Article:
When John turned 6 it became his job to unload the silverware from the dishwasher. Just this week, he decided all on his own to unload the whole dishwasher. He can’t reach the cabinets where things are kept, so he made tidy piles of the plates, bowls and cups. He even did his best to match up the tupperware with their lids. When I came into the kitchen, he said to me, “Look Mommy, I did all the dishes so you won’t have to!” He has done this every day since. When did my little boy get so big and so generous? He is just 6 years old.

My kids have shown me what patience, self-sacrifice, obedience, duty, responsibility and empathy look like. What a gift! I’m not sure I ever thought as a mom of small kids I would say, “I wish I had John’s sense of responsibility,” or “I want to be more patient like Rosie,” or “I need to work on being more like Clare, taking care of my mess right away.” These everyday ordinary moments are what I want to focus on. They bring me joy, and I hope they brought you some joy as well.

I want to spend my time celebrating these God-given children. And I want to spend my writing uncovering the beautiful surprises God has in store for my day. Is He in the challenges, of course! But they don’t need to be the only places.

Haircut Day
The three big kids got their hair cut. My babies are so big!

Daily Graces. kktaliaferro.wordpress.com

Only For Today

Happy New Year! I know it’s a common thing to say, but wow did 2017 go by fast! We had a busy year, new assignment, new house, new baby, new friends and so many memories. While 2017 seemed to be a year of newness for our family, I’m hoping 2018 is more of a year of settling. We are settling into Ben’s job, being a family of 6, homeschooling 3 kids, and finding our favorite spots around Del Rio.

A big part of New Years time is always the topic of resolutions and goal setting. For the past year I’ve been trying hard to stay on top of my planner. Using a paper planner has been a game changer for me as many of you know. It has changed the way I clean, the way we are organized and lowered my stress level (most days at least). It has made me realize just how much I was trying keep track of in my brain and how unrealistic my expectations were. It has also made me more accountable, both to myself and my own goals and to my family. I have found so much freedom within the structure of organization.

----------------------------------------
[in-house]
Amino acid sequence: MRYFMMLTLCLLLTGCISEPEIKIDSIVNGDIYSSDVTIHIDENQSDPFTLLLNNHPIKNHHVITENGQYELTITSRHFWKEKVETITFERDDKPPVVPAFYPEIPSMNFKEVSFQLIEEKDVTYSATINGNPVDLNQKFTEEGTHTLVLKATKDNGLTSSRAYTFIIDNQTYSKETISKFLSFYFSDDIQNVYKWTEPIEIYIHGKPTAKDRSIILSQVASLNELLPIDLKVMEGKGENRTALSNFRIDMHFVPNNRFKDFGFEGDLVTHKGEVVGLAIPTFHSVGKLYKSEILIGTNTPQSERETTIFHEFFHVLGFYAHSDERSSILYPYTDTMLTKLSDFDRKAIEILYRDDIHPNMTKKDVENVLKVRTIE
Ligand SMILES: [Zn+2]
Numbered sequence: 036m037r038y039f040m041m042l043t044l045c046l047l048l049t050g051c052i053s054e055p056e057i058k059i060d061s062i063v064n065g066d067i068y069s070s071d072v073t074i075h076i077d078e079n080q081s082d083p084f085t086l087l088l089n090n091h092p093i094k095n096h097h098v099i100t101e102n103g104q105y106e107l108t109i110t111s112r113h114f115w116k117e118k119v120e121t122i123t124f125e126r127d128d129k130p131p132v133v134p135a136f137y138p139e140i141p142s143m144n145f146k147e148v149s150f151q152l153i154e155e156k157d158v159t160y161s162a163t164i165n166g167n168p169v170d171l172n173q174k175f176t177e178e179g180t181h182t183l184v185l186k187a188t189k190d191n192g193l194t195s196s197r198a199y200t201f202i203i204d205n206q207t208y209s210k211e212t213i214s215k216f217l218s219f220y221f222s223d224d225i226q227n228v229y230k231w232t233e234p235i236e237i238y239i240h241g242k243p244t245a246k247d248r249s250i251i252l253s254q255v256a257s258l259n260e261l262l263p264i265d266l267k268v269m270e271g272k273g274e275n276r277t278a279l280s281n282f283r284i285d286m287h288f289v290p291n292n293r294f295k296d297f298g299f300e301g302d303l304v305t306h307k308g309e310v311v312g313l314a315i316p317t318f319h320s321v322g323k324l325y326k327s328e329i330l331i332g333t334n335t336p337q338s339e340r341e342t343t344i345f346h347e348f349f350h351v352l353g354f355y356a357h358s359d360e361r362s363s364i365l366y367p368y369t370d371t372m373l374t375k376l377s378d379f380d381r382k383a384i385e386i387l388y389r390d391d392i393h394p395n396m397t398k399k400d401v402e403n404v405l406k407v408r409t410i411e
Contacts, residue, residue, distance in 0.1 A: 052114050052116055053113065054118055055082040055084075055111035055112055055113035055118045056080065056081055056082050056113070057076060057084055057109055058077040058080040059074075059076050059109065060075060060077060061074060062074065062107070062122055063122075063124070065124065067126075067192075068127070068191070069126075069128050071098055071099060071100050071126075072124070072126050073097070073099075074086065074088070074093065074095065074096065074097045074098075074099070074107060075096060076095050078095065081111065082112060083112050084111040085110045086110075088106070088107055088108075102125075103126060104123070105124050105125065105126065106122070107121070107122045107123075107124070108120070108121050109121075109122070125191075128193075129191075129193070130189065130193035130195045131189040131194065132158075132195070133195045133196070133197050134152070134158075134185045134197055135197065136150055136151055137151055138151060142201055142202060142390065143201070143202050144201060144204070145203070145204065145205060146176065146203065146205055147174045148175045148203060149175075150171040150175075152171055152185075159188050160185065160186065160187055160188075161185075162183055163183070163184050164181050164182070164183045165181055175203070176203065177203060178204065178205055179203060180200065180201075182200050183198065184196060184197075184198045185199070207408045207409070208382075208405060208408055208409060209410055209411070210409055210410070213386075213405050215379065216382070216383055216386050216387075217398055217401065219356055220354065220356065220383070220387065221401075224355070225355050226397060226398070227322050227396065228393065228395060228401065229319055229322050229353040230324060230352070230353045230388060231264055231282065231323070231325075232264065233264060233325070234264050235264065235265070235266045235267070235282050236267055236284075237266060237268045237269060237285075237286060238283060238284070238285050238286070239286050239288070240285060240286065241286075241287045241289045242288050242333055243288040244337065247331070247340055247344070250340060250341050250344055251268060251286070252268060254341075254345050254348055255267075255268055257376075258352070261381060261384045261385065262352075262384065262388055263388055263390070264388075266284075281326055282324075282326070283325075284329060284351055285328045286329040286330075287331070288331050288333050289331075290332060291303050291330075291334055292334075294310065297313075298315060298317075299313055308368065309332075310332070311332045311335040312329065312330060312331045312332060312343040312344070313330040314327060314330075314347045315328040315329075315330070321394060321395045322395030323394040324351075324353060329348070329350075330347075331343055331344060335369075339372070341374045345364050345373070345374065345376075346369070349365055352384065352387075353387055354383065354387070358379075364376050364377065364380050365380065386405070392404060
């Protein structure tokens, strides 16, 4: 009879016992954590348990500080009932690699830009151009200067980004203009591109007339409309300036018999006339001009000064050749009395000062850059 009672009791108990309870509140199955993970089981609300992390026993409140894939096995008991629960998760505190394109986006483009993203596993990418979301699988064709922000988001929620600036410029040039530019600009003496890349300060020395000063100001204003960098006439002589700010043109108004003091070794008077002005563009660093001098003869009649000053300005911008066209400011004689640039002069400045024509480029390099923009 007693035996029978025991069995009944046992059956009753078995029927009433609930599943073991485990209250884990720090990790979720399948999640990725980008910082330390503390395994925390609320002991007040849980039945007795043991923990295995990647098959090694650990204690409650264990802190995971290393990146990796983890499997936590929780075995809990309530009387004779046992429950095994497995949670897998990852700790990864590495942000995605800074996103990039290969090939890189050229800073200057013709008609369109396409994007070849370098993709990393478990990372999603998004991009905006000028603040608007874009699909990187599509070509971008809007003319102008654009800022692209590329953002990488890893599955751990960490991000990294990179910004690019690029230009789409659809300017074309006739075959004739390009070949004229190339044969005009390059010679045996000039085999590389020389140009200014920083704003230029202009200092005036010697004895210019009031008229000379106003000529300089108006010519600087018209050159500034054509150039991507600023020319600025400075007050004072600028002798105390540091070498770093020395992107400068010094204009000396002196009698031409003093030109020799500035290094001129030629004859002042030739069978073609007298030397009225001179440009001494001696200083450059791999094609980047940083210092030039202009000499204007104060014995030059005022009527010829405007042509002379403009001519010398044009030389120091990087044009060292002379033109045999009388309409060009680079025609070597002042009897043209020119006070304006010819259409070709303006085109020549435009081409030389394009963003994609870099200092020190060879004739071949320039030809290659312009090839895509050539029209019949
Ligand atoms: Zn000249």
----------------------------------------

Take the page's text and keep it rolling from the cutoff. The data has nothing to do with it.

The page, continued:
I’ve noticed how the planner has helped me break down tasks so they aren’t so overwhelming. This is especially true when it comes to cleaning. By creating a routine of cleaning different areas of our home each day I can happily look around a relatively clean home. I am also less stressed about the areas that are less than clean because I know that I will be working on them in the near future. It’s written down, so I know I won’t forget. And it’s written down so that I can cross if off when it’s accomplished. The work isn’t as intimidating since it is broken up into smaller, realistic pieces.

A few months ago I introduced you to The Daily Decalogue of Pope John XXIII when I offered my Advent Lectio Divina Journal. I mentioned how I hoped to look at each of the points in the Decalogue and decided to kick off the new year with another excellent point.

Only for today, I will make a plan for myself: I may not follow it to the letter, but I will make it. And I will be on guard against two evils: hastiness and indecision.

Friends, I don’t think there could be a better New Years resolution for me. My planner has opened my eyes to how much time I truly have and is slowly helping me to use that time well. Before a daily plan for myself, I floundered. Things got done of course, but hastiness and indecision ruled. Now, most days at least have a plan, an order, a structure. I don’t always get everything done, but I have a clearer vision of what actually needs doing.

A recent addition to my planning is a simple sheet of paper which I laminated so I can use dry erase markers on it. It says “Only for Today” at the top and is inspired by the Decalogue point above. It has space for 3 kinds of tasks: “must do”, “want to do” and “like to do”. I only allowed myself space for 2 “must do-s”. 3 for “want to do” and 5 “like to do.”

It was so hard to limit myself to only 2 “must do-s” but as I was building the worksheet I kept the words of Pope John XXIII in the forefront. In order to guard against hastiness and indecision I had to be methodical and decisive. Those “must do-s” really need to be concrete and achievable. They must happen today. The “want to do-s” are things that I want to happen soon, meaning if they don’t get done in 2-3 days they get bumped up to a “must-do.” The “like to do-s” are the most broad and are usually where I put bigger goals that may need to be chunked into smaller pieces. I also will put a craft goal here as a motivator to get those “must do-s” done. Remember, priorities.

I love this simple exercise. It is training me to prioritize my time and helps me hone in on the essentials of the day. It’s so awesome to see how a small change can yield some pretty incredible fruit.

If this kind of small change sounds like one you would like to try, here is the FREE pdf printable!

I hope you each have joy and peace awaiting you in this new year. Happy 2018!